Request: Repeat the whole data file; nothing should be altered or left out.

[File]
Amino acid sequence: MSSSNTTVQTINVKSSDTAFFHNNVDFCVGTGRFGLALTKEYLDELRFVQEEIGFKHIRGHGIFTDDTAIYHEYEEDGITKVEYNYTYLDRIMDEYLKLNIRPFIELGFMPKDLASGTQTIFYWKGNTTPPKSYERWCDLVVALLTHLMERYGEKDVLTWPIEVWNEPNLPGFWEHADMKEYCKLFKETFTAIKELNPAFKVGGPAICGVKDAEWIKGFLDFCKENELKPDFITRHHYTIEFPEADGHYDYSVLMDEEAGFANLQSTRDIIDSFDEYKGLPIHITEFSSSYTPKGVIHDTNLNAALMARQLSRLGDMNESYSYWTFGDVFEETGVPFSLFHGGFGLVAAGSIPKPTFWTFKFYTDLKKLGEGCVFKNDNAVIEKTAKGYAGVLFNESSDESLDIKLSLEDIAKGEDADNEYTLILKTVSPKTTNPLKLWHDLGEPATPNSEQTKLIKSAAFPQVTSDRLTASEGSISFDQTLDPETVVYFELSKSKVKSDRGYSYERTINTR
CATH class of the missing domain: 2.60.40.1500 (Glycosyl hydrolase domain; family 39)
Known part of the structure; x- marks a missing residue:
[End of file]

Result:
Amino acid sequence: MSSSNTTVQTINVKSSDTAFFHNNVDFCVGTGRFGLALTKEYLDELRFVQEEIGFKHIRGHGIFTDDTAIYHEYEEDGITKVEYNYTYLDRIMDEYLKLNIRPFIELGFMPKDLASGTQTIFYWKGNTTPPKSYERWCDLVVALLTHLMERYGEKDVLTWPIEVWNEPNLPGFWEHADMKEYCKLFKETFTAIKELNPAFKVGGPAICGVKDAEWIKGFLDFCKENELKPDFITRHHYTIEFPEADGHYDYSVLMDEEAGFANLQSTRDIIDSFDEYKGLPIHITEFSSSYTPKGVIHDTNLNAALMARQLSRLGDMNESYSYWTFGDVFEETGVPFSLFHGGFGLVAAGSIPKPTFWTFKFYTDLKKLGEGCVFKNDNAVIEKTAKGYAGVLFNESSDESLDIKLSLEDIAKGEDADNEYTLILKTVSPKTTNPLKLWHDLGEPATPNSEQTKLIKSAAFPQVTSDRLTASEGSISFDQTLDPETVVYFELSKSKVKSDRGYSYERTINTR
CATH class of the missing domain: 2.60.40.1500 (Glycosyl hydrolase domain; family 39)
Known part of the structure; x- marks a missing residue: